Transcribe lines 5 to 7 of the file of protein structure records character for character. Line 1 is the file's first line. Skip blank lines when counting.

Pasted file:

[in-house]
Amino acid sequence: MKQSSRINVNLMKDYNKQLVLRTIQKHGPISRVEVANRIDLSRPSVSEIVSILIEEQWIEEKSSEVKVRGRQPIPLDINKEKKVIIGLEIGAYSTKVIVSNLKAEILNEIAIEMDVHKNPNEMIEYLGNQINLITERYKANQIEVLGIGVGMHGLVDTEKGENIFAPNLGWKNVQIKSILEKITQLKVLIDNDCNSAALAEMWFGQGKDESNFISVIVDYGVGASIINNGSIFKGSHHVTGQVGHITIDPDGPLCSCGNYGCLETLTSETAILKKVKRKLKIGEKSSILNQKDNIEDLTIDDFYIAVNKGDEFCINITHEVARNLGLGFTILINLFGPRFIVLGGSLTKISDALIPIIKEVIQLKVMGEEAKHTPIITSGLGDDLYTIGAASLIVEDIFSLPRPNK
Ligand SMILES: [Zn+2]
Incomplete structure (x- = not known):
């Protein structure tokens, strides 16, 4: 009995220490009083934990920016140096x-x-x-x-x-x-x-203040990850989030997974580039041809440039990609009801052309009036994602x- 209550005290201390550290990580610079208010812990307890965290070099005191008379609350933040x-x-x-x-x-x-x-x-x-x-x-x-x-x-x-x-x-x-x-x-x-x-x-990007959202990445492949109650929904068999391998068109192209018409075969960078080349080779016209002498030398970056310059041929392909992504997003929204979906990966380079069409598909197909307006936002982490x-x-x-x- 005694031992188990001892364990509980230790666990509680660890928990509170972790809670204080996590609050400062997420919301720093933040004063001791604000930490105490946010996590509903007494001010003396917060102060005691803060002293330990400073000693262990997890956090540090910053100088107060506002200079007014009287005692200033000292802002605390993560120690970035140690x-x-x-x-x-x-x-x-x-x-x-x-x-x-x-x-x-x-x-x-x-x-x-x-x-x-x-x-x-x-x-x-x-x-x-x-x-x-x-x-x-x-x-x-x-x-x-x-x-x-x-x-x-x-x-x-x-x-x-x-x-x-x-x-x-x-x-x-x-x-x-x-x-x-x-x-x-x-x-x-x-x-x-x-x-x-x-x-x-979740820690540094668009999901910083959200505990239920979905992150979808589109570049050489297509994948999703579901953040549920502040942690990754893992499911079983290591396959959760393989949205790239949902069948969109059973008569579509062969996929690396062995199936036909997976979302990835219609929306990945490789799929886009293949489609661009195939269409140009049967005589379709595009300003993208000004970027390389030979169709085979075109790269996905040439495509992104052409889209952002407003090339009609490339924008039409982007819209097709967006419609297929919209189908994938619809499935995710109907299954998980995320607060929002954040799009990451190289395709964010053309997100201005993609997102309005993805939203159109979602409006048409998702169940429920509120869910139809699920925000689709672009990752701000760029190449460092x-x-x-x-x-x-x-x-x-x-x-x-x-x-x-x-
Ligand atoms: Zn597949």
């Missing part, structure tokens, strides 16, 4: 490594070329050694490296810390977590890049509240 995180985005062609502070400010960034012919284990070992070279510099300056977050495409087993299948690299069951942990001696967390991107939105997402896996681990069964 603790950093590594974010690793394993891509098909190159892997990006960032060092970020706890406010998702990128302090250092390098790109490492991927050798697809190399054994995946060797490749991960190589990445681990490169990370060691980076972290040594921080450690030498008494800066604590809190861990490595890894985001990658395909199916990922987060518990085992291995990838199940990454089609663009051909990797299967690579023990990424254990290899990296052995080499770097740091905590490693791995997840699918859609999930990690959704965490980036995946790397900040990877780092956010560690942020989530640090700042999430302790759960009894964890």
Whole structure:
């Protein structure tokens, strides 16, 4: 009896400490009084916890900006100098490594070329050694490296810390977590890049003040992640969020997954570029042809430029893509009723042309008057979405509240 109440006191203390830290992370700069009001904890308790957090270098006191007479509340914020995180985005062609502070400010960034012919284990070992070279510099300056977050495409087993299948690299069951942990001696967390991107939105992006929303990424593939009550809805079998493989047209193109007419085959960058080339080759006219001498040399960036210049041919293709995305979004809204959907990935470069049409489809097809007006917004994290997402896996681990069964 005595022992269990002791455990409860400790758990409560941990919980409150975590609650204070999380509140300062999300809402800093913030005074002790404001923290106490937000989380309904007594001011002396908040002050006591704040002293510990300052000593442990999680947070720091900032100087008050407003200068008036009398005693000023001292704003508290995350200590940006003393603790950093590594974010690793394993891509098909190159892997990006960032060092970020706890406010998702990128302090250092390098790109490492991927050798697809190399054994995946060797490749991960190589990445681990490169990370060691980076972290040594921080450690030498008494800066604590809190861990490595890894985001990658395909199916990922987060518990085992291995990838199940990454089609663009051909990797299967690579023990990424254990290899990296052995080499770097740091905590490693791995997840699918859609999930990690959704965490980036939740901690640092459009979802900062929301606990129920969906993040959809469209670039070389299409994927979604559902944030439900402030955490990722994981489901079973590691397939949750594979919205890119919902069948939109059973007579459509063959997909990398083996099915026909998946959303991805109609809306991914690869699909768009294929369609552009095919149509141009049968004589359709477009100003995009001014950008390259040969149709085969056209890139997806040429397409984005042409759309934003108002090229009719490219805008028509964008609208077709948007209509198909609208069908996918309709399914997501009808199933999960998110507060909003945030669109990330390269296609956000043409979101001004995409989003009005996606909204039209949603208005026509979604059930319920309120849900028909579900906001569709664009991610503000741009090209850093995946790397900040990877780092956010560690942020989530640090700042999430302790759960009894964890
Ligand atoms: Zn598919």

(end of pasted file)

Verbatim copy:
């Protein structure tokens, strides 16, 4: 009995220490009083934990920016140096x-x-x-x-x-x-x-203040990850989030997974580039041809440039990609009801052309009036994602x- 209550005290201390550290990580610079208010812990307890965290070099005191008379609350933040x-x-x-x-x-x-x-x-x-x-x-x-x-x-x-x-x-x-x-x-x-x-x-990007959202990445492949109650929904068999391998068109192209018409075969960078080349080779016209002498030398970056310059041929392909992504997003929204979906990966380079069409598909197909307006936002982490x-x-x-x- 005694031992188990001892364990509980230790666990509680660890928990509170972790809670204080996590609050400062997420919301720093933040004063001791604000930490105490946010996590509903007494001010003396917060102060005691803060002293330990400073000693262990997890956090540090910053100088107060506002200079007014009287005692200033000292802002605390993560120690970035140690x-x-x-x-x-x-x-x-x-x-x-x-x-x-x-x-x-x-x-x-x-x-x-x-x-x-x-x-x-x-x-x-x-x-x-x-x-x-x-x-x-x-x-x-x-x-x-x-x-x-x-x-x-x-x-x-x-x-x-x-x-x-x-x-x-x-x-x-x-x-x-x-x-x-x-x-x-x-x-x-x-x-x-x-x-x-x-x-x-979740820690540094668009999901910083959200505990239920979905992150979808589109570049050489297509994948999703579901953040549920502040942690990754893992499911079983290591396959959760393989949205790239949902069948969109059973008569579509062969996929690396062995199936036909997976979302990835219609929306990945490789799929886009293949489609661009195939269409140009049967005589379709595009300003993208000004970027390389030979169709085979075109790269996905040439495509992104052409889209952002407003090339009609490339924008039409982007819209097709967006419609297929919209189908994938619809499935995710109907299954998980995320607060929002954040799009990451190289395709964010053309997100201005993609997102309005993805939203159109979602409006048409998702169940429920509120869910139809699920925000689709672009990752701000760029190449460092x-x-x-x-x-x-x-x-x-x-x-x-x-x-x-x-
Ligand atoms: Zn597949």
């Missing part, structure tokens, strides 16, 4: 490594070329050694490296810390977590890049509240 995180985005062609502070400010960034012919284990070992070279510099300056977050495409087993299948690299069951942990001696967390991107939105997402896996681990069964 603790950093590594974010690793394993891509098909190159892997990006960032060092970020706890406010998702990128302090250092390098790109490492991927050798697809190399054994995946060797490749991960190589990445681990490169990370060691980076972290040594921080450690030498008494800066604590809190861990490595890894985001990658395909199916990922987060518990085992291995990838199940990454089609663009051909990797299967690579023990990424254990290899990296052995080499770097740091905590490693791995997840699918859609999930990690959704965490980036995946790397900040990877780092956010560690942020989530640090700042999430302790759960009894964890």